A DNS server is just like your smartphone address book, it let you reach your contacts by a “name”, such name is know as domain.
The DNS service is essential to surf the web, send emails, etc… Usually the ISP provide a couple of DNS IP addresses, however have a local DNS server may offers many advantages in terms of internet bandwidth load, if your network serves many computers and/or devices; if you are asking which software can be able to provide that kind of features: Bind9 is the one, at last for linux servers.
Have your own local DNS server gives you the ability to save an huge part of the bandwidth consumption by the names resolving for your network devices; why? that’s pretty easy: Your local server will answer to the local requests for name resolving rather than refer to an external server.

  1. Install BIND9

    Install the packages for bind9 and bind9utils

  2. Configuration

    Edit the file named.conf.options

    Fill in the config file with a list of trustworthy hosts

    Insert or edit the DNS list, the caching and forwarding options.

  3. Optimization

    If you want to let your DNS server to handle IPv4 only (actually faster and recommended), you need just to specify to listen only for IPv4 in the file /etc/default/bind9 as follows:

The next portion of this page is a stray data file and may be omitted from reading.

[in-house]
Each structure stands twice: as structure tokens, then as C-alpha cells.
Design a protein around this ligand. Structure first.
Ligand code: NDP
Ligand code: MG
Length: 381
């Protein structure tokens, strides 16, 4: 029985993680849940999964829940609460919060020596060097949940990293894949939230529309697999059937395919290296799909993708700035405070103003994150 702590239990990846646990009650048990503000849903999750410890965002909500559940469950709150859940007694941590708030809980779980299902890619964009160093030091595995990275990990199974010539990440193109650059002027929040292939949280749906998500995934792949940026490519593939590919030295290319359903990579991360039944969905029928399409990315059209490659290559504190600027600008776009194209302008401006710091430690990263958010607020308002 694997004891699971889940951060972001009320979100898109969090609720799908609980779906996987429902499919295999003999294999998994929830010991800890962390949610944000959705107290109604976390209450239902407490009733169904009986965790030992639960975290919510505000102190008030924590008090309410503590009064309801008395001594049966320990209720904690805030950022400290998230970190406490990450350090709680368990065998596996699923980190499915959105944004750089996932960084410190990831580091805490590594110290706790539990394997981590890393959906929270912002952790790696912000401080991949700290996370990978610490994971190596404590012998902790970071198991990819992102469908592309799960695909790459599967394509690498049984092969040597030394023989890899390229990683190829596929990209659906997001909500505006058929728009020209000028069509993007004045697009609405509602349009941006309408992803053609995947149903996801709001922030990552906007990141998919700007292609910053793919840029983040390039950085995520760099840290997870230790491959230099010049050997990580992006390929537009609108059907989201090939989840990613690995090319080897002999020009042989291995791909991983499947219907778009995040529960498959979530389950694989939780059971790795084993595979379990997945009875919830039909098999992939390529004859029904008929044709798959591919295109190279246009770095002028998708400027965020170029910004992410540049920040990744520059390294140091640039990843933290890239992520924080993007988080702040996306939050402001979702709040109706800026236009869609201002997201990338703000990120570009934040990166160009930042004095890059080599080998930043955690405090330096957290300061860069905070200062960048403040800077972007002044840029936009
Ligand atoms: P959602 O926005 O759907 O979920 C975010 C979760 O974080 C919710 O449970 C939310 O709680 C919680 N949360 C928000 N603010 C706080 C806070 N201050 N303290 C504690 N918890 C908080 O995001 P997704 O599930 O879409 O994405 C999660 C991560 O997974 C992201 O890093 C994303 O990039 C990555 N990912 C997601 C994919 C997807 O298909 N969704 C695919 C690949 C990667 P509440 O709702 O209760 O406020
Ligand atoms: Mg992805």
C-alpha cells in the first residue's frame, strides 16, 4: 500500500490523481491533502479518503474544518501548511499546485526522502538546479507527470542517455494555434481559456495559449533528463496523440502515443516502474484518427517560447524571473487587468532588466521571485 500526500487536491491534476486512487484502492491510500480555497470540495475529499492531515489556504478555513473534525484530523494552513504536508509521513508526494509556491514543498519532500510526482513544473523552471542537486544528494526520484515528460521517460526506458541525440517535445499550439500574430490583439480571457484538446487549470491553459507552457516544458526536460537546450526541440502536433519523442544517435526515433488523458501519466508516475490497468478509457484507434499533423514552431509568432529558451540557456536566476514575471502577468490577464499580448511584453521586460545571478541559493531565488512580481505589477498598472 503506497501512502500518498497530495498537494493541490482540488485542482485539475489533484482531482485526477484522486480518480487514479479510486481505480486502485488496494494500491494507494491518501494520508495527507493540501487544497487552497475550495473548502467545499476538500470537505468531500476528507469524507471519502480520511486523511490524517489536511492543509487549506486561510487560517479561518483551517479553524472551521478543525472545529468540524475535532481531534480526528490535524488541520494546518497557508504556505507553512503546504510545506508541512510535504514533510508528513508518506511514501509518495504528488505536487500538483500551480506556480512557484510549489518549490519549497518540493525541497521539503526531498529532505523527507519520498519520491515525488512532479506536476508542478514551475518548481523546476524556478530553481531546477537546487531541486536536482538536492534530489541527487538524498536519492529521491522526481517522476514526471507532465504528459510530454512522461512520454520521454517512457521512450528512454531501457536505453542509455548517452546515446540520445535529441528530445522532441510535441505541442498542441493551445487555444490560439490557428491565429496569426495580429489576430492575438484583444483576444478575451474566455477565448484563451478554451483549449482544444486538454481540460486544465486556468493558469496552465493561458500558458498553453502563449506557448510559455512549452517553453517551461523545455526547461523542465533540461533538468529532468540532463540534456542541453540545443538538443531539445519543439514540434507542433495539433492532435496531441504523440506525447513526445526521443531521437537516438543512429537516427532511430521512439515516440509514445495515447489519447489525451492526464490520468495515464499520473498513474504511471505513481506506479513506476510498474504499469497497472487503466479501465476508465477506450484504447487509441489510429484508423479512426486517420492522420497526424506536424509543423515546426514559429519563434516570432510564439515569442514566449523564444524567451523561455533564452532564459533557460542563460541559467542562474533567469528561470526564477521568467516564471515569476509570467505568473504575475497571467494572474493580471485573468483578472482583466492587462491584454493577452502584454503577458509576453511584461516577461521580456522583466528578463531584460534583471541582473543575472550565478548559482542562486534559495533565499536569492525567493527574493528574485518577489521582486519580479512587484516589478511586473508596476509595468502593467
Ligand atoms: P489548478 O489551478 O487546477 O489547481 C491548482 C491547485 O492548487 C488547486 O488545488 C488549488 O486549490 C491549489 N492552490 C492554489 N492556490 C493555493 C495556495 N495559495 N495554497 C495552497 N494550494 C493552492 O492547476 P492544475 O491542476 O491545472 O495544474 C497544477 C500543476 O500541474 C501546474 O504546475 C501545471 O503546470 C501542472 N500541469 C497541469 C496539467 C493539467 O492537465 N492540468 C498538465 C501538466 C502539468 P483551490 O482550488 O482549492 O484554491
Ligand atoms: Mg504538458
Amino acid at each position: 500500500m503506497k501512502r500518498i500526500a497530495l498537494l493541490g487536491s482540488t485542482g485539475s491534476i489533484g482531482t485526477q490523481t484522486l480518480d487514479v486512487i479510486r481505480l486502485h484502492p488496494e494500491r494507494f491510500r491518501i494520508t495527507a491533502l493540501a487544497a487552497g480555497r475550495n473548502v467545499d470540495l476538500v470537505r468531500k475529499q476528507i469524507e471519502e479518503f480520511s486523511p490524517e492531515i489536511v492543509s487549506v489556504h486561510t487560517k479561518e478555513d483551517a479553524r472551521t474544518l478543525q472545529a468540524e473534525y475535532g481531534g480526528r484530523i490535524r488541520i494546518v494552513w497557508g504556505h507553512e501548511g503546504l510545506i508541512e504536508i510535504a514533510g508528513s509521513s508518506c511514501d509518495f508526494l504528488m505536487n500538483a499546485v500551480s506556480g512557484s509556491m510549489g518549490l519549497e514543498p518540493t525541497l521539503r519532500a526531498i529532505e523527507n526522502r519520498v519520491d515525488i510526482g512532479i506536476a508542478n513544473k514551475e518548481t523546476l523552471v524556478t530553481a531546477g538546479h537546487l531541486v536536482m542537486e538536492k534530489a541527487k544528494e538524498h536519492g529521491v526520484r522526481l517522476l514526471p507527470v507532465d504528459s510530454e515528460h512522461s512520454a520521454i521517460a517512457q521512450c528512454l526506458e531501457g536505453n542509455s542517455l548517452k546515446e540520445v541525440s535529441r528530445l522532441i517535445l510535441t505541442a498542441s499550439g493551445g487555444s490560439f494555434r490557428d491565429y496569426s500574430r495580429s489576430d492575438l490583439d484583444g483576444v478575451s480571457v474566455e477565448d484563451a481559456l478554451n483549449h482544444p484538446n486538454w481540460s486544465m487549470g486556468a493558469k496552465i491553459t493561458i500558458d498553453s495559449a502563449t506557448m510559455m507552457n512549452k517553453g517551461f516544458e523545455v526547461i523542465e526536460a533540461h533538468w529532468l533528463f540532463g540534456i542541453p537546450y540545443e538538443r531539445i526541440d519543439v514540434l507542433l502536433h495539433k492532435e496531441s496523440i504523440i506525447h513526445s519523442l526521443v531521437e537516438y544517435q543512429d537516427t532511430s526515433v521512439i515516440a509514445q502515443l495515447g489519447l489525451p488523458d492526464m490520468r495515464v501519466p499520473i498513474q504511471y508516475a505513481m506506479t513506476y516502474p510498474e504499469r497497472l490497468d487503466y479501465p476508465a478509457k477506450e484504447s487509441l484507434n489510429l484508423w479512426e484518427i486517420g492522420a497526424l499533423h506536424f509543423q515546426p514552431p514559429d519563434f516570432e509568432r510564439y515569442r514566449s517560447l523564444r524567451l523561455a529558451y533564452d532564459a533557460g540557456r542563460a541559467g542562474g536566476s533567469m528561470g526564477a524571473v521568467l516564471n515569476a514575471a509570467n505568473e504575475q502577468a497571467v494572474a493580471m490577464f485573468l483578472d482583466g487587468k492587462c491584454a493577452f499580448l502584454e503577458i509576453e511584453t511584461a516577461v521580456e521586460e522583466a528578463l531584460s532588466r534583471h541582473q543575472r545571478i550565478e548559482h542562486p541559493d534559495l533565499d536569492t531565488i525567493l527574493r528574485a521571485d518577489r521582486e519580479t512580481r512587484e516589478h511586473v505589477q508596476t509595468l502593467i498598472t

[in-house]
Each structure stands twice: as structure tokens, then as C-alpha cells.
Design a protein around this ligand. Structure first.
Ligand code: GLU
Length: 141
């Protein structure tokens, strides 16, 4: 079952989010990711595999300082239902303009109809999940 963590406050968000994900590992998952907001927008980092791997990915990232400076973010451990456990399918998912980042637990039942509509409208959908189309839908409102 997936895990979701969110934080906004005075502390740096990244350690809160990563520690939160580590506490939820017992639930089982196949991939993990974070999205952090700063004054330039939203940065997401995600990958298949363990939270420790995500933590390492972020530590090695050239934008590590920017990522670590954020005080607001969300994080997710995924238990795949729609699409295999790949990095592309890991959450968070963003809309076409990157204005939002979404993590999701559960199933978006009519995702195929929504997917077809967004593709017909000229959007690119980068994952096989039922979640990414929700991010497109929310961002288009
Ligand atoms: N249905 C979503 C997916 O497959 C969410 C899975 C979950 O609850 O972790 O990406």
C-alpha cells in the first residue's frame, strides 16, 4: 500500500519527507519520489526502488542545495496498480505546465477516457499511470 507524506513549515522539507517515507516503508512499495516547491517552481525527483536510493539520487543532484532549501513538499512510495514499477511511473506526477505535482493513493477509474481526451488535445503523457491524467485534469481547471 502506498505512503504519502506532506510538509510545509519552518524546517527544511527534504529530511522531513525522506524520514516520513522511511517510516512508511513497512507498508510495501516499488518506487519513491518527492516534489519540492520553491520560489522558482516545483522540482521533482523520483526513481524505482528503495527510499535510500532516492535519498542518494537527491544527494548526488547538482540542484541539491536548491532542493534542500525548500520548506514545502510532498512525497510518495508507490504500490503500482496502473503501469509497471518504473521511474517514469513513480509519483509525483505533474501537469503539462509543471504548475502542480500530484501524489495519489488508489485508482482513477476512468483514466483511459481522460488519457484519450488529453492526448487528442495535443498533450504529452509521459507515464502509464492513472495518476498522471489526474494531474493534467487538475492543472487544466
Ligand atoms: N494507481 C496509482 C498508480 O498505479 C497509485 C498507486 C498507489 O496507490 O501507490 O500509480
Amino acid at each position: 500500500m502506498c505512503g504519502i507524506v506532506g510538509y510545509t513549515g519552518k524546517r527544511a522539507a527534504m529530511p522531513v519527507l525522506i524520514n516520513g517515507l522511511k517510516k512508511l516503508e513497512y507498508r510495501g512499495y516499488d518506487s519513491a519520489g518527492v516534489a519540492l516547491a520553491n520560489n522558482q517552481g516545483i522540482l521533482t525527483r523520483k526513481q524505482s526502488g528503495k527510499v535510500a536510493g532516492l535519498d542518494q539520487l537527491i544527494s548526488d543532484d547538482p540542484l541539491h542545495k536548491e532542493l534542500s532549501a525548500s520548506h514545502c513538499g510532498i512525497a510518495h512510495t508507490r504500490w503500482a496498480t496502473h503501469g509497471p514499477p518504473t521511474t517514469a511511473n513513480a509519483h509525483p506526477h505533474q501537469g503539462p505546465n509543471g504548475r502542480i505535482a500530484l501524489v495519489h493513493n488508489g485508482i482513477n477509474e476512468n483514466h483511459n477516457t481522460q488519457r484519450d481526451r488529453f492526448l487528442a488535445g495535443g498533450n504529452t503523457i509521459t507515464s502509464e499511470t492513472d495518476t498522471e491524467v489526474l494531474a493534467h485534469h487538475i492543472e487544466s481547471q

Find out the row containing the OPTIONS field and edit its value like this:

  4. Service start, stop and restart

    Start bind9 just typing this command in a terminal:

    Stop it:

    Restart the server, after a config change for example:

  5. Test your DNS server efficiency

    To check if your DNS properly does its job, you can use the NameBench tool from your PC; just install it and fill the nameservers field with your DNS Server IP to let it benchmark it for you and compare the performance results with other DNS close to you.

    • To download and install NameBanch on your client just follow the link or the instructions for your O.S.
    • If you want just to perform a quick test of your DNS server from its shell, just run the dig command twice looking at the time difference between the 1st and 2nd request.
      Just launch this twice in your server terminal:
  6. Let the DNS server supply our LAN

    Once installed, configured and tested, our server need only to be set in our router configuration to make sure that any device use it to solve domain names; you just need to access the administration panel of your modem/router, go to the DHCP settings and fill the primary DNS field with our local DNS server IP and that’s all!

  7. Firewall

    To configure properly firewall in ubuntu for Bind9, just follow the IpTables tutorial here

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